Elliptic expansions

(A.116) |

It follows that

(Gradshteyn and Ryzhik 1980a). The Taylor expansion of about is

(A.118) |

for (Gradshteyn and Ryzhik 1980b). Moreover,

In particular,

Let us write

where is the eccentric anomaly, and the mean anomaly, of a Keplerian elliptic orbit. (See Section 4.11.) It follows that

(A.126) |

Integrating by parts, we obtain

(A.127) |

However, according to Equation (4.59), the relationship between the eccentric and the mean anomalies is

where is the orbital eccentricity. Hence,

(A.129) |

Comparison with Equation (A.117) reveals that

For the special case , L'Hopital's rule, together with Equations (A.119) and (A.122), yields

where denotes a derivative.

The real part of Equation (A.125) gives

(A.132) |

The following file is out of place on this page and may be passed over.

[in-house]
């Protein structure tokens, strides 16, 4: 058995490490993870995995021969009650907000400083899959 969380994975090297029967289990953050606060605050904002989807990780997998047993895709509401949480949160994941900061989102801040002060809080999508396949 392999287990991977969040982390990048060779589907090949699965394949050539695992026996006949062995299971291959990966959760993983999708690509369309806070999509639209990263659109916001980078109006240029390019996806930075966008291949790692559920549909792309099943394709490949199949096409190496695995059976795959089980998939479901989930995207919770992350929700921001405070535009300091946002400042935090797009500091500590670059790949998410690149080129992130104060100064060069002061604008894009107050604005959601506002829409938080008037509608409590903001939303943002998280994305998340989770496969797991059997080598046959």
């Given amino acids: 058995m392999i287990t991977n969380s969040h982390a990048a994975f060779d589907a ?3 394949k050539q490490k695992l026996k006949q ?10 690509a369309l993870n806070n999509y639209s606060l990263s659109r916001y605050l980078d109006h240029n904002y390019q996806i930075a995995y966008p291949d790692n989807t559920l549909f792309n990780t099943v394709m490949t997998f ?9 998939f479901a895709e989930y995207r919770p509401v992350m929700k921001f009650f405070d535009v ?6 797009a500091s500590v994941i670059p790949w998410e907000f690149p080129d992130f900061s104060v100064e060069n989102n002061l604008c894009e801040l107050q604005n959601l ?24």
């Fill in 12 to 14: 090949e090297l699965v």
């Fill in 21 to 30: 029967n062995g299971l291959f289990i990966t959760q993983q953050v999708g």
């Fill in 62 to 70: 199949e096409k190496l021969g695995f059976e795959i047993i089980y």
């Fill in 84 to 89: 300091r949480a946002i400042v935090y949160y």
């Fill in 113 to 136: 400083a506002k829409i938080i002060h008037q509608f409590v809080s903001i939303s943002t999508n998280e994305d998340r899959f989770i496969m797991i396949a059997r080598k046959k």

where use has been made of Equations (A.120), (A.130), and (A.131). Likewise, the imaginary part of Equation (A.125) yields

(A.133) |

It follows from Equations (A.121)-(A.124) that

(A.134) | ||||||

and | ||||||

(A.135) |

Hence, from Equation (A.128),

According to Equation (4.69),

where is is the radial distance from the focus of the orbit and is the orbital major radius. Thus,

(A.138) |

Equations (4.39) and (4.67) imply that

(A.139) |

where is the true anomaly. Hence, it follows from Equations (A.128) and (A.137), and the fact that when , that

(A.140) |

From Equation (A.136),

(A.141) |

Thus,

(A.142) |

and